It is the responsibility of the Building Management to come up with a Building Evacuation Plan in ensuring smooth evacuation of everyone inside the building in every emergency prior to the arrival of the Fire Department. A building evacuation plan is of limited use if half of the people it is designed for do not understand their respective roles and responsibilities. Planning for building evacuation and conducting periodic fire drill/evacuation drill is important because, when confronted with a dire situation, many people simply do not know what to do or where to start. However, having contingency plans with self-help that account for multiple 'what if' scenarios including alternative escape routes and modes of evacuation would minimize evacuation hazards and allowing more people to be evacuated in difficult conditions. Once the emergency is announced, it likely is too late to start a back-up plan. If the Building Management has in place a building evacuation plan and shares it with occupiers through dedicated cable TV, meetings and mock drills, it enables occupiers to become familiar with evacuation risks, evacuation routes, equipment, a list of Do's and Don'ts, and allows delegation of share responsibilities and duties.

Building Occupants And Tenants Responsibility
With self-help the key, building occupants, tenants and residents must take equal responsibility to become familiar with the logistics of evacuation, and possibly, also control of fires, smoke and fumes. With this knowledge, the potential for panic is lowered and evacuation can be efficiently executed. Appropriate selection and placement of smoke and heat detectors, along with automatic and manual alarms, and adequate exit markings visible in all lighting conditions, will provide the critical early warning necessary to safely evacuate the building. While Management must be proactive in maintaining safety systems to prevent malfunction, however, occupiers must not do anything that would hinder prompt fire detection, fire fighting and rapid mass evacuation.

When occupiers are aware of the building evacuation plan that are essential for self-help, have experience from mock drills, training in the use of evacuation systems and equipment that the building management provided, sharing responsibilities and duties, and information on the numbers and location of persons that may require assistance in evacuation, it is possible to estimate the time for occupants would take to reach safe zones. Typical evacuation strategy for high rise building is evacuating occupiers of the affected floors and those immediately below and those above first, and follow by the other floors if is required. The evacuees are to be evacuated via the stairwell to the nearest Refuge Area and where necessary are to be evacuated to a level about 5 floor below the fire or even to the ground. Adequate systems can then be specified to ensure that the time taken to reach safe zones is within reasonable practical limits. With self-help, the risk of evacuees confusion, disorientation, panic, delay reaching safe zones, and some people may succumb to either smoke or become trapped in the fire zone would be minimized.

Worst Case Scenarios That Could Happened In A High Rise Evacuation
Fires are unpredictable, in location, intensity and rate of growth. Fire in an occupied high-rise could mean having to evacuate hundreds, or perhaps thousands, of people in difficult and dangerous conditions. For example, having to evacuate a building in darkness due to power outage; having to evacuate people on a wheelchair if the lift is not working or if the stairway is not accessible because of smoke and fire.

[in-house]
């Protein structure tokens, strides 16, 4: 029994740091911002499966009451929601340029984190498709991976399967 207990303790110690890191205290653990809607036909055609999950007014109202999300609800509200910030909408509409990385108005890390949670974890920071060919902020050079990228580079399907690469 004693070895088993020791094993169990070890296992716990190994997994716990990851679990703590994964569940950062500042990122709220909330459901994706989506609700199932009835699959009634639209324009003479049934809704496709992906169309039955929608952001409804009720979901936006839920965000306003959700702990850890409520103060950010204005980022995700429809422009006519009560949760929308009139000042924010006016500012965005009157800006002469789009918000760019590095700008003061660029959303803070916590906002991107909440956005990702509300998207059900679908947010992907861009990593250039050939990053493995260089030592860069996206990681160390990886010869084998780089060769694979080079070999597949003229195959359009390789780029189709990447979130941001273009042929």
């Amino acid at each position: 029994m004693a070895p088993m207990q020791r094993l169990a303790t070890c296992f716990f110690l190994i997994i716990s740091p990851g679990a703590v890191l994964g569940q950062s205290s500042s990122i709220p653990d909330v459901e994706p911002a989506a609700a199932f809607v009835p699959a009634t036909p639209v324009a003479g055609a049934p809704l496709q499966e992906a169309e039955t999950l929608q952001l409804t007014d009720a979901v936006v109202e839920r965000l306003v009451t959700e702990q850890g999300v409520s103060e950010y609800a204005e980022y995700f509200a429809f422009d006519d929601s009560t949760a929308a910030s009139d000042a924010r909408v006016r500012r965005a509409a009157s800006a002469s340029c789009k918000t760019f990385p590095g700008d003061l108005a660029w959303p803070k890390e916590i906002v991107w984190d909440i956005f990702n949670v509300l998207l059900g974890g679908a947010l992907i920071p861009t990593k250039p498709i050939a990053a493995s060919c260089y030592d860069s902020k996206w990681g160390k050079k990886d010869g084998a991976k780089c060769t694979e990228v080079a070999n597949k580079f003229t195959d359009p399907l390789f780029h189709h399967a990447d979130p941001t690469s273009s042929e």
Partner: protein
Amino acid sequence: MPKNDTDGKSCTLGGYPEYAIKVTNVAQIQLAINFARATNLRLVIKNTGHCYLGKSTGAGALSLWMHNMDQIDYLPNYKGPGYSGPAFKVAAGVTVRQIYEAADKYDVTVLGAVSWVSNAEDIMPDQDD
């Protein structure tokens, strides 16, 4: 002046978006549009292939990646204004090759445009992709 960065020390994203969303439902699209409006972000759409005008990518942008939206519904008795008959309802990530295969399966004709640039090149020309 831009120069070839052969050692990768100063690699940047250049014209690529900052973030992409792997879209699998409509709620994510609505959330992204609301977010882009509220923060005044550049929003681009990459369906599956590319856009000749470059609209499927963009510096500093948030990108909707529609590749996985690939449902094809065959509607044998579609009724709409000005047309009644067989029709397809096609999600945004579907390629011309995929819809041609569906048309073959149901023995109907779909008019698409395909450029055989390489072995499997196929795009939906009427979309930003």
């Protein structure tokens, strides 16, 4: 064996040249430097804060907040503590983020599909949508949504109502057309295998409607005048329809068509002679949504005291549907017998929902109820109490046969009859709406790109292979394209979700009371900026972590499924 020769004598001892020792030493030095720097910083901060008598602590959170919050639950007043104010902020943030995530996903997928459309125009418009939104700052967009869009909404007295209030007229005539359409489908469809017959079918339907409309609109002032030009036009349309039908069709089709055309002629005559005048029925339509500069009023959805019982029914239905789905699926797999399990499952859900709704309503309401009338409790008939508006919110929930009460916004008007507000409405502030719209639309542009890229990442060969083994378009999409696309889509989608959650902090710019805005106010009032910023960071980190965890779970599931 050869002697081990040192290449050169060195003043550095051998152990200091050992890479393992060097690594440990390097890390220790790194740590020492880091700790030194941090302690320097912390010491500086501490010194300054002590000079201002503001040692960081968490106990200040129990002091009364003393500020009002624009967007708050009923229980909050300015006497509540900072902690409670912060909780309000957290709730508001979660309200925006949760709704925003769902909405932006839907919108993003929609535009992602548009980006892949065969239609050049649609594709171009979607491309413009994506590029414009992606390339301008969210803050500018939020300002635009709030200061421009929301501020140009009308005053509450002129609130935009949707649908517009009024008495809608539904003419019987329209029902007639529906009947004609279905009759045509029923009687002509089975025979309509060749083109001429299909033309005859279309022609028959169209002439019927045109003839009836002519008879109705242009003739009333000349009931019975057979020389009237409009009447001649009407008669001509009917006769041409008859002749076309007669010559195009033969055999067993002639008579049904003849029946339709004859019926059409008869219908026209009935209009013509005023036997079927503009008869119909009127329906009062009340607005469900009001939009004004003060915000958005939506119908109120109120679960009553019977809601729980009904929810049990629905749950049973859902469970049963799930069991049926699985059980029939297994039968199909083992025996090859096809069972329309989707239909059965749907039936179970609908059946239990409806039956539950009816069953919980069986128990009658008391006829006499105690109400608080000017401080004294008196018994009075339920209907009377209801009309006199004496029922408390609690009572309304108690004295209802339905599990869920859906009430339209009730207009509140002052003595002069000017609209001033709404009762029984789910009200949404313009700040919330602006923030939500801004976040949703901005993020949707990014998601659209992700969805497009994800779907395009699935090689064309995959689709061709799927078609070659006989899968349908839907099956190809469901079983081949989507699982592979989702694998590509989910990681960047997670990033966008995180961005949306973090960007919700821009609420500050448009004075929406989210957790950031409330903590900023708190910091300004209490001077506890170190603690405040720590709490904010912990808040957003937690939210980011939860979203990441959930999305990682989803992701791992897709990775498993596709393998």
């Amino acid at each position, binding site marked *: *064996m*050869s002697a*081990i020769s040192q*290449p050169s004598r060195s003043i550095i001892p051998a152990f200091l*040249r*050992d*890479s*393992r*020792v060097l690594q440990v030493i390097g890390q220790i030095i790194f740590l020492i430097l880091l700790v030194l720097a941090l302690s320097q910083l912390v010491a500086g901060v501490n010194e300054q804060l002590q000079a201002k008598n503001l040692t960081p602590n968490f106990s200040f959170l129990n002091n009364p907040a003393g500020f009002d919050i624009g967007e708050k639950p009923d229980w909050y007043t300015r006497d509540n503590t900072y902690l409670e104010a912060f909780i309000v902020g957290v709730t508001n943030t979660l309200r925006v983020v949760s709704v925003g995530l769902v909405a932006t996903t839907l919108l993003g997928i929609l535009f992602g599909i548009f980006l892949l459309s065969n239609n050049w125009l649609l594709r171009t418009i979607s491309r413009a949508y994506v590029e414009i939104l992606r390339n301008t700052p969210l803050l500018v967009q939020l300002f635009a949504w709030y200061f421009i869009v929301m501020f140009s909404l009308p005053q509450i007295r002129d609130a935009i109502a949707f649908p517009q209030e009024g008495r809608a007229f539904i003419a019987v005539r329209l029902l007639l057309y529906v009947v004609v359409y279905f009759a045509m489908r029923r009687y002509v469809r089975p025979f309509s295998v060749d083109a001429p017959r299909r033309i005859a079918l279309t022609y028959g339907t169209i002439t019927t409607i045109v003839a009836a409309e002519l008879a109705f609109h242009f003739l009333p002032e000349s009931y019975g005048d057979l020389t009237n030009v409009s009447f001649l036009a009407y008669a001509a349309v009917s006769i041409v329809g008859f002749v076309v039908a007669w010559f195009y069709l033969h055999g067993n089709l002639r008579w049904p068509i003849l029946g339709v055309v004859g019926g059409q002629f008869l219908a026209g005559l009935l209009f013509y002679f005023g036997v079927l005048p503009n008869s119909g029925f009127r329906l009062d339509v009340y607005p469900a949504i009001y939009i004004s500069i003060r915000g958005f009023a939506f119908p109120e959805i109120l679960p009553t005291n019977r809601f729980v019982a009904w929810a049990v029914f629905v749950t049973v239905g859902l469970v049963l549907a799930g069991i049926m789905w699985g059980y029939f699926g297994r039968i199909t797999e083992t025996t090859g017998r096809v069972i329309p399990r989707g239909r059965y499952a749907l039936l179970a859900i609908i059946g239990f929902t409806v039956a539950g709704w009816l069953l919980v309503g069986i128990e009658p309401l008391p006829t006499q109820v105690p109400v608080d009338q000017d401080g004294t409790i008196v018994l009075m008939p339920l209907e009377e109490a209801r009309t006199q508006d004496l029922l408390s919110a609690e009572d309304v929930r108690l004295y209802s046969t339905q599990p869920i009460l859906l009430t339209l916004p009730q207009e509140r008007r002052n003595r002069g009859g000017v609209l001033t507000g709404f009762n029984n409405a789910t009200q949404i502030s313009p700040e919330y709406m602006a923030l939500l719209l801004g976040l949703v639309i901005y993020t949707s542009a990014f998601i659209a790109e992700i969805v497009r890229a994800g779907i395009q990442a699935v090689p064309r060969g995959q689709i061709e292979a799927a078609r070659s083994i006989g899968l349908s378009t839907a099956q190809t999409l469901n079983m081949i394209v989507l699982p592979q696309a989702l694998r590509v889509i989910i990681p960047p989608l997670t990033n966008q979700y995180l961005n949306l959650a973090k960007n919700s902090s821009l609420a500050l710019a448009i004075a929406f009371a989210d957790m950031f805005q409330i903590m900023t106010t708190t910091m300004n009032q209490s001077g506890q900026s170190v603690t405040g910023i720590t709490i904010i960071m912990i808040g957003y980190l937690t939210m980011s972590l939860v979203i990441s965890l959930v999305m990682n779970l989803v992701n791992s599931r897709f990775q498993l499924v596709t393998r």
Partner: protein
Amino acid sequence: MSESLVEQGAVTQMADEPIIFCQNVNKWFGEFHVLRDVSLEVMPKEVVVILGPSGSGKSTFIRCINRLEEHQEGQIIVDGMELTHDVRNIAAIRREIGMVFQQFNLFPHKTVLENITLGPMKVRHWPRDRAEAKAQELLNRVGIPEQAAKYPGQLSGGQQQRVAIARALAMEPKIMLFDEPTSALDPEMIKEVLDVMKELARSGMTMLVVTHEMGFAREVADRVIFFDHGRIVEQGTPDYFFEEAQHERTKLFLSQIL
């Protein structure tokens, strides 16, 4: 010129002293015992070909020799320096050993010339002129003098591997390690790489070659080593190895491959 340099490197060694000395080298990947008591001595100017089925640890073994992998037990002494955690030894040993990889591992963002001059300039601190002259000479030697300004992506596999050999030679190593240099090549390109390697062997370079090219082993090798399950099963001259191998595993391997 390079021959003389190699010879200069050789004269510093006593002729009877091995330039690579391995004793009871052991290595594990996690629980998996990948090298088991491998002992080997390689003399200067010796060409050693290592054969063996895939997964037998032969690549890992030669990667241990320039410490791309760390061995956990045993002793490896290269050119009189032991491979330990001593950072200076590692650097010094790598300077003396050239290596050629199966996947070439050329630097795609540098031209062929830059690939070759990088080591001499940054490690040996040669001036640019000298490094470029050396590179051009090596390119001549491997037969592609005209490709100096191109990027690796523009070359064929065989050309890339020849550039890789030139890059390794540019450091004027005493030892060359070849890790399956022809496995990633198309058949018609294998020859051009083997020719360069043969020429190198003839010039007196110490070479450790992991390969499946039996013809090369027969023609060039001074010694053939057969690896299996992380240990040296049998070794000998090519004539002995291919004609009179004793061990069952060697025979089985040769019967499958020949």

If the building design conforms to modern codes for containing fires, it is possible to fight the fire before it spreads and gets out of control. Under ideal conditions, a building of good design and following good construction practices, total evacuation of a tall building can often be avoided. However, occupier psychology will rule, and total evacuation may become necessary, either because conditions become uncontrollable, or because occupiers feel safer when they actually leave the building rather than wait in a refuge zone.

Ground conditions observed over the years suggest that a fire will spread faster than the time taken for the response team to deal with the emergency. More often than not, the response team has to come from the Fire Station, and the elapsed time is dependent on when they received the calls, traffic conditions and the number of simultaneous emergency calls to the same Station that also requires attention. At the same time, the fire is expanding unless internal systems are able to control growth of the fire. It is for these ground realities that most Fire Department insists that tall buildings provide for internal response teams to deal with the fire prior to their arrival. One must also aware that the response team is helpless unless fire protection systems are put in place and kept in good operating condition. Often ground conditions have revealed that emergency lifts can also become unreliable at any given time, due to mechanical and electrical failure, or being engulfed in smoke and fumes.

The stairs may also be unreliable or unserviceable because occupiers use the stairwells for dumping packing or even scrap furniture, (and even inflammables), for moving furniture or other oversize or heavy goods. Scrap is often abandoned in the stairwell, and when overlooked by management, this creates congestion, obstructions, and fire hazards. Quite often careless handling of heavy goods will damage the stair treads creating conditions for a person to stumble. People in a rush is a common sight in public places, at airports, train stations, cinemas, and shopping malls, frequently pushing and bumping against those that are slower. When the stairs are partially obstructed, or are congested due to simultaneous mass evacuation, it takes only one person to push and shove leading to another person stumbling. It takes only one stumble in a crowded stairwell, to create a complete blockage on that stairwell, making further use impossible.